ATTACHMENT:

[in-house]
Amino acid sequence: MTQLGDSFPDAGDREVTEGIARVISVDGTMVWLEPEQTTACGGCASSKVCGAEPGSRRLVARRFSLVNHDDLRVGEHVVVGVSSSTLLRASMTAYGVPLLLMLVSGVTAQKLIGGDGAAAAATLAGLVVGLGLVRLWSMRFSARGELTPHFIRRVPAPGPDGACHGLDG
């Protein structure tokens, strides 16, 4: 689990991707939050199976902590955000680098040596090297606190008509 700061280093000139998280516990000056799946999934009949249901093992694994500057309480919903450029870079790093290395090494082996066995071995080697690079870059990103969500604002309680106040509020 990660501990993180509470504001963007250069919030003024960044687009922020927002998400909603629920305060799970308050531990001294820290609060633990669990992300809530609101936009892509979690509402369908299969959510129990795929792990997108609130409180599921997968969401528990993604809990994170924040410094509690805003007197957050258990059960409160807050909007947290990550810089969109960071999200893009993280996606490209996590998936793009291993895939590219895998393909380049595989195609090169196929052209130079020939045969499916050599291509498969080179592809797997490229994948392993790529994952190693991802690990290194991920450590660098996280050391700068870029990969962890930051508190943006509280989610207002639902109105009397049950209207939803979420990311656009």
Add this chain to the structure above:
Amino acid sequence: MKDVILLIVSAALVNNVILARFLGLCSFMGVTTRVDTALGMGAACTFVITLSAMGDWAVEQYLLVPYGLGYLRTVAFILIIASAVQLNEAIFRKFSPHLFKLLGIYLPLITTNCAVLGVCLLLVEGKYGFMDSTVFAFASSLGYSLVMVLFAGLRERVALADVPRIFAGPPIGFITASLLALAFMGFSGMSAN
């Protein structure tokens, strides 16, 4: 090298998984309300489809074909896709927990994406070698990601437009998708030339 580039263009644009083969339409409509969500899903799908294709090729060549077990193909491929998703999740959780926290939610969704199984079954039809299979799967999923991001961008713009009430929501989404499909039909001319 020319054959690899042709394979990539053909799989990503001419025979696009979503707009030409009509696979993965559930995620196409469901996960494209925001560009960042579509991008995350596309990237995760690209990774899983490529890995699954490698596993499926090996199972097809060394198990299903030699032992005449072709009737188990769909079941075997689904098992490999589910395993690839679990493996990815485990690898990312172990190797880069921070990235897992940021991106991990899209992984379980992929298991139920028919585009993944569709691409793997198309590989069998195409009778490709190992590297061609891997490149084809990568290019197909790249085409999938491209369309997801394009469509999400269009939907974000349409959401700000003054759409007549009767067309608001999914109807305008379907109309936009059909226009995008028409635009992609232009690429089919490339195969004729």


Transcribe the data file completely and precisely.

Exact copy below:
[in-house]
Amino acid sequence: MTQLGDSFPDAGDREVTEGIARVISVDGTMVWLEPEQTTACGGCASSKVCGAEPGSRRLVARRFSLVNHDDLRVGEHVVVGVSSSTLLRASMTAYGVPLLLMLVSGVTAQKLIGGDGAAAAATLAGLVVGLGLVRLWSMRFSARGELTPHFIRRVPAPGPDGACHGLDG
């Protein structure tokens, strides 16, 4: 689990991707939050199976902590955000680098040596090297606190008509 700061280093000139998280516990000056799946999934009949249901093992694994500057309480919903450029870079790093290395090494082996066995071995080697690079870059990103969500604002309680106040509020 990660501990993180509470504001963007250069919030003024960044687009922020927002998400909603629920305060799970308050531990001294820290609060633990669990992300809530609101936009892509979690509402369908299969959510129990795929792990997108609130409180599921997968969401528990993604809990994170924040410094509690805003007197957050258990059960409160807050909007947290990550810089969109960071999200893009993280996606490209996590998936793009291993895939590219895998393909380049595989195609090169196929052209130079020939045969499916050599291509498969080179592809797997490229994948392993790529994952190693991802690990290194991920450590660098996280050391700068870029990969962890930051508190943006509280989610207002639902109105009397049950209207939803979420990311656009």
Add this chain to the structure above:
Amino acid sequence: MKDVILLIVSAALVNNVILARFLGLCSFMGVTTRVDTALGMGAACTFVITLSAMGDWAVEQYLLVPYGLGYLRTVAFILIIASAVQLNEAIFRKFSPHLFKLLGIYLPLITTNCAVLGVCLLLVEGKYGFMDSTVFAFASSLGYSLVMVLFAGLRERVALADVPRIFAGPPIGFITASLLALAFMGFSGMSAN
């Protein structure tokens, strides 16, 4: 090298998984309300489809074909896709927990994406070698990601437009998708030339 580039263009644009083969339409409509969500899903799908294709090729060549077990193909491929998703999740959780926290939610969704199984079954039809299979799967999923991001961008713009009430929501989404499909039909001319 020319054959690899042709394979990539053909799989990503001419025979696009979503707009030409009509696979993965559930995620196409469901996960494209925001560009960042579509991008995350596309990237995760690209990774899983490529890995699954490698596993499926090996199972097809060394198990299903030699032992005449072709009737188990769909079941075997689904098992490999589910395993690839679990493996990815485990690898990312172990190797880069921070990235897992940021991106991990899209992984379980992929298991139920028919585009993944569709691409793997198309590989069998195409009778490709190992590297061609891997490149084809990568290019197909790249085409999938491209369309997801394009469509999400269009939907974000349409959401700000003054759409007549009767067309608001999914109807305008379907109309936009059909226009995008028409635009992609232009690429089919490339195969004729």